Viewpoint: Voters, so far, maintaining the status quo
Liz Engel Clark
Friday, Jul 6, 2012
In a number of municipal elections, many of which have or have had the ability to impact business in a big way, voters seem to be holding – or are expected to hold – the line on everything from alcohol sales to mayorships to local option sales tax increases.
Take, for instance, Smithville, where in June, voters defeated a liquor-by-the-drink referendum, an initiative that would have given city restaurants the opportunity to serve wine and other mixed alcoholic beverages to patrons, given the right licensure, of course. The measure lost by less than 70 votes – 402 to 333 – and lake goers, aka tourists, visitors and outsiders alike, groaned in disappointment. Did the locals think it was a kind of “gateway drug,” that liquor-by-the-drink sales would open up their town to package stores, more instances of drunk driving, etc.? L-B-T-D did wonders for the city of Cookeville, although we are talking about a much different demographic. It can definitely be debated whether or not Smithville would ever be in line for a chain restaurant like Chili’s, Applebees or O’Charley’s. Certainly, with this vote, they’re not ready.
Mixed in with a slew of other local issues, there’s another important ballot upcoming in Sparta, where voters will be polled on the possibility of a local option sales tax increase. The increase would raise the city and county’s collected tax rate by a half a percent; the referendum is set for vote in August. It’s been much discussed on the governmental level but has received very little attention outside those board meeting rooms.
The premise? The state allows each county or city to collect up to 2.75 percent above the state tax level of 7 percent. That money goes to support their local community – meaning most people, when they buy clothes, goods or most anything else, pay a 9.75 percent tax. But Sparta collects only 2.25 percent, bringing the total tax collected on purchases to 9.25 percent. Sparta seems behind the times when compared to most surrounding communities, like Cookeville, Crossville, Smithville and Spencer, who all collect the maximum rate.
The Sparta-White County Chamber of Commerce is staying issue neutral, Executive Director Wallace Austin said, but several sources have already adamantly maintained that the measure won’t pass. Nobody likes new taxes; but why, I must ask, was the 9.75 percent level never attained in the first place? If the referendum is approved, it could mean an additional $715,000 for city and county coffers, and it’s money that could be used, in the city limits, to up Sparta’s appearance, Mayor Jeff Young said, and in the county, for the schools. But it certainly faces an uphill climb.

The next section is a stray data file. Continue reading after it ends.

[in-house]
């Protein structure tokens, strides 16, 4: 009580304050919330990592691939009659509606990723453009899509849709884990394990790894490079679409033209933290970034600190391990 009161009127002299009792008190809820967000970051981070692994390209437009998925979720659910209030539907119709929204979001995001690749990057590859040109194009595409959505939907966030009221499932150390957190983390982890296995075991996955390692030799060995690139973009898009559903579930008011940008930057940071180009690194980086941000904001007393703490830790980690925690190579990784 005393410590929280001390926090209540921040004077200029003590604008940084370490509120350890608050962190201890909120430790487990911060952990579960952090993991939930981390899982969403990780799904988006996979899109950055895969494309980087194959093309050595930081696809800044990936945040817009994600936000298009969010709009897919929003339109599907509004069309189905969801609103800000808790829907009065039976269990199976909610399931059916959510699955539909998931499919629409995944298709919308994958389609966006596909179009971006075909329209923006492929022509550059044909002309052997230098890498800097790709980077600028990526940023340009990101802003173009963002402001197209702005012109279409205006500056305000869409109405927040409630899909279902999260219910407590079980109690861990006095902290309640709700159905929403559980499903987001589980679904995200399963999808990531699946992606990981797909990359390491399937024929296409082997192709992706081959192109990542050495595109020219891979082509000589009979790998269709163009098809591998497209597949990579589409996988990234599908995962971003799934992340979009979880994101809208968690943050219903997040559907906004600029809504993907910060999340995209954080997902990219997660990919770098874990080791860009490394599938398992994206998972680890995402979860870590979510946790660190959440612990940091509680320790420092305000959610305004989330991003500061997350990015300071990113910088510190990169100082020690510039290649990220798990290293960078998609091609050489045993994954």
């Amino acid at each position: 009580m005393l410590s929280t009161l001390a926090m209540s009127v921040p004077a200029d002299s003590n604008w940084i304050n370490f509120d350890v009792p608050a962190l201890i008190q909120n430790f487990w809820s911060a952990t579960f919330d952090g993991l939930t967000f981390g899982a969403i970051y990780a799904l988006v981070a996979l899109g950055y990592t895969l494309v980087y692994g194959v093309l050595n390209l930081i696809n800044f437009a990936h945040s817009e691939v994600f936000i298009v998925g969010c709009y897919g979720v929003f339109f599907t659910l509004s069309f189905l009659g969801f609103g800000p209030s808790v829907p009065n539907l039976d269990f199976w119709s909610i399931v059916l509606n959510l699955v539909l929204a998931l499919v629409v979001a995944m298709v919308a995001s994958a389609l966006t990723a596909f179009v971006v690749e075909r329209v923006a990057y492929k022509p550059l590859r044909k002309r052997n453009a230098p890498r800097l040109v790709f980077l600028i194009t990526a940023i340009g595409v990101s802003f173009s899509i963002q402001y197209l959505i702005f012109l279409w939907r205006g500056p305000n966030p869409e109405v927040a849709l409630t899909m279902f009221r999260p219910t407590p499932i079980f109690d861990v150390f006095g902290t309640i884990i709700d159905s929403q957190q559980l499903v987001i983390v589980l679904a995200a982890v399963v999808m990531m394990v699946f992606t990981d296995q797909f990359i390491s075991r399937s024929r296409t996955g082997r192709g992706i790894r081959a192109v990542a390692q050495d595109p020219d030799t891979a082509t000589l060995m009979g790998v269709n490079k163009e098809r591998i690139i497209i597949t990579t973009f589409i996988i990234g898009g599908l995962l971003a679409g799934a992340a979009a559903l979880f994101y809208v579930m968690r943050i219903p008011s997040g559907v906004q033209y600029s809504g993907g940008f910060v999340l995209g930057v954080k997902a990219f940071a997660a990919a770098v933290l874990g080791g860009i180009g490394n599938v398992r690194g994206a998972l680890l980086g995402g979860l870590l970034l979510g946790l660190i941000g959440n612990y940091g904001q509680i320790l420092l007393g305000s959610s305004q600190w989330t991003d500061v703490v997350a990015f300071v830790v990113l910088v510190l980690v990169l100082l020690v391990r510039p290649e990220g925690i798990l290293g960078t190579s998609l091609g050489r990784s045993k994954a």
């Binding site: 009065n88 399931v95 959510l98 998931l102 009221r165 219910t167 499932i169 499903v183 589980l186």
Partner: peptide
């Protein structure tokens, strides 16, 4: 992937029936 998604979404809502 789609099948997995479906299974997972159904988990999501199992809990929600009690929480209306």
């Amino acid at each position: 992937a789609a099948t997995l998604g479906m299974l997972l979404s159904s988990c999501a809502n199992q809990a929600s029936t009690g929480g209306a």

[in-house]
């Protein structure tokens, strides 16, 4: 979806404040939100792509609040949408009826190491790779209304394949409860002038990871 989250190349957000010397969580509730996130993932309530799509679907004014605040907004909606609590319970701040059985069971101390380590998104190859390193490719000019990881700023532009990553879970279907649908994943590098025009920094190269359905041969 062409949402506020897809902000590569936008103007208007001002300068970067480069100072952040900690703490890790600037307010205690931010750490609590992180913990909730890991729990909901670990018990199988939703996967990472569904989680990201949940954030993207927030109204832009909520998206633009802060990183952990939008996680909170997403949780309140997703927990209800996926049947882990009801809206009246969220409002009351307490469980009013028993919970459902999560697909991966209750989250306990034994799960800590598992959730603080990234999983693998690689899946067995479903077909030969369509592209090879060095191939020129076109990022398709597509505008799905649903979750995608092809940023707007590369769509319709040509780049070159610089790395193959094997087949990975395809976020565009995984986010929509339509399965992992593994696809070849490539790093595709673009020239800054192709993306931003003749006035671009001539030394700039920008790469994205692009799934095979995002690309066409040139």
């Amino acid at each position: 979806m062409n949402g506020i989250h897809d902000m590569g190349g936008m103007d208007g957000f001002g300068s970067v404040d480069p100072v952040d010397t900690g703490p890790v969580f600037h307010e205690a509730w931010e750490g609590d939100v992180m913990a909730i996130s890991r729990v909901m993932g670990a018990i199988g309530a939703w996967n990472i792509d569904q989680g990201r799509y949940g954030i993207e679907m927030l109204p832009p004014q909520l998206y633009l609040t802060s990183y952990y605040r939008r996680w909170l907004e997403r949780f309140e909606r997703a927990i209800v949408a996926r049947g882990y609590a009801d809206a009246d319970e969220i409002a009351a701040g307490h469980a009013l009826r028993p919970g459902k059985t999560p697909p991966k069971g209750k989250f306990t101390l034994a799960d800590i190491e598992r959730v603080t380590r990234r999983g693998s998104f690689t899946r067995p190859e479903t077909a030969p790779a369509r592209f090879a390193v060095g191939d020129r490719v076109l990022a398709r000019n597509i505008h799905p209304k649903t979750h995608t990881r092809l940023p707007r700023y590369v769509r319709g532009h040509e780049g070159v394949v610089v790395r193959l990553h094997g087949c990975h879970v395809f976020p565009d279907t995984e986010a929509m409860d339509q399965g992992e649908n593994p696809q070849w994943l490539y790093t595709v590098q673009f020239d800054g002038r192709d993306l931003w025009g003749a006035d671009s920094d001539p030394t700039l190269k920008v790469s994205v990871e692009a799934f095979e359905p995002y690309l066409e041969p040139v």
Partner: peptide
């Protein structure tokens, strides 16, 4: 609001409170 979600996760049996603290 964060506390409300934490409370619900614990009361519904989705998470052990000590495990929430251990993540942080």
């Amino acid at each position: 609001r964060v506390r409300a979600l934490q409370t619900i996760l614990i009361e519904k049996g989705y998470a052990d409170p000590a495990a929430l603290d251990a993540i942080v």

Regardless of your feelings on these issues, it sets a kind of stalling tone to me. Eventually, liquor-by-the-drink will pass in DeKalb, this much I promise, and at some point, new taxes will be needed in White County – and in many of our other communities (although a lot of times, however, that’s an issue decided outside a popular vote, by your boards of aldermen, city councils and county commissions. So I applaud the people who actually set foot in a precinct this year and let their thoughts be known).
Because there’s one more huge monstrosity of an election coming in November – in case you hadn’t heard – and once again, there’s a big push for change. Does the local scene set a precedent for this fall? It seems, according to one recent poll, that the small business community is a little more right leaning, many basing their predictions on yet another election this year where not much changed – the recall in Wisconsin. In the meantime, many of us, including those small businesses, will be holding our breath, and apparently, a higher percentage of them will be whispering those same ironic words, “Yes We Can.” How’s that for change?
Liz Engel Clark is the editor of the Upper Cumberland Business Journal. She can be reached at (931) 528-8852 or firstname.lastname@example.org.